Biden could still lose to Trump when it comes to the suburbs: report

3 mins read


Some recent polling suggests that President Trump may have a slight edge over Democratic presidential candidate Joe Biden in the suburbs where his law-and-order message amid nationwide protests is resonating among voters ahead of the November election, according to a report.

More than a dozen Democratic Party officials and strategists in the nation’s suburbs have expressed an uneasiness with which the Trump campaign has switched its focus from the coronavirus to lingering unrest in major cities.

FILE: President Donald Trump speaks with reporters after meeting with Senate Republicans at their weekly luncheon on Capitol Hill in Washington. 

FILE: President Donald Trump speaks with reporters after meeting with Senate Republicans at their weekly luncheon on Capitol Hill in Washington. 
(AP)

Trump has seized on images of violent protests in Portland and Minneapolis that broke out after the deaths of George Floyd and Jacob Blake. Trump has insinuated that these areas of unrest will leave the suburbs in ruins if Democrats are at the helm post-November.

Holly Lyon, chair of the local Democratic Party in Pinal County, Ariz., told Politico: “There is that little sort of unsettled feeling in people because we can tell that [Trump’s messaging] is grabbing hold, and it’s working.”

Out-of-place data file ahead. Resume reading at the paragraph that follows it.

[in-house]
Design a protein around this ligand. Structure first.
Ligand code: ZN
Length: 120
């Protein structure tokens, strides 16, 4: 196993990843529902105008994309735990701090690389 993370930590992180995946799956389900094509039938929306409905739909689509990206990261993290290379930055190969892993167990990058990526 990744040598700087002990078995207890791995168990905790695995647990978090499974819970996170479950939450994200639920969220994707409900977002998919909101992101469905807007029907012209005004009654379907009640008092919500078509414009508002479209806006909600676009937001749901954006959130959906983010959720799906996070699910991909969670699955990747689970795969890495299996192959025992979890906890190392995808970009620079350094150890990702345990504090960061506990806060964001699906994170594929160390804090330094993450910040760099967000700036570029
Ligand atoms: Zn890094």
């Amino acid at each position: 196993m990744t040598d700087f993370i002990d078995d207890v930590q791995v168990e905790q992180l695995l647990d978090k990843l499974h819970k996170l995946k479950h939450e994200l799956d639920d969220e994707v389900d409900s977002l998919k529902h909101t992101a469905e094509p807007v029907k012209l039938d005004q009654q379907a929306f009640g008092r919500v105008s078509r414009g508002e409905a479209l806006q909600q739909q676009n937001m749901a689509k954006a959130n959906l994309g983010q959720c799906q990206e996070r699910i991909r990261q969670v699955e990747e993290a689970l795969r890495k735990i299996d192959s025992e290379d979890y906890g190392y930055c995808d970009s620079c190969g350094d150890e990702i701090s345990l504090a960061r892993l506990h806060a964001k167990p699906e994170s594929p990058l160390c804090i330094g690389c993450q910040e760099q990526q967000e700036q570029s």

The concern is prevalent in other suburban areas. Two Democratic strategists who conducted focus groups of suburban voters said white, college-educated women “are starting to really get sick of” the protests.

Another state poll conducted by Monmouth University showed Biden’s lead over Trump narrowing generally in Pennsylvania and falling in some of its suburbs.

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Robert Tatterson, secretary of the Democratic Party in Wiscon’s Ozaukee County, outside Milwaukee, Trump “will be able to be the strong man, only-I-can-save-you leader, and that’s playing out just like I had feared.”

Yet some Republican strategists have expressed concern that Trump could be overplaying his hand. Frank Luntz, a longtime Republican consultant and pollster, told Politico that Trump “is talking about the right issue, but he’s talking the wrong way. Suburban voters want ‘public safety’ even more than law and order. They want ‘safe streets’ rather than ‘dominating the streets.’ His rhetoric is over-caffeinated.”

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Still, it remains difficult to gauge the country’s overall mood 56 days away from the election. The coronavirus pandemic has closed party offices and limited door-to-door canvassing.



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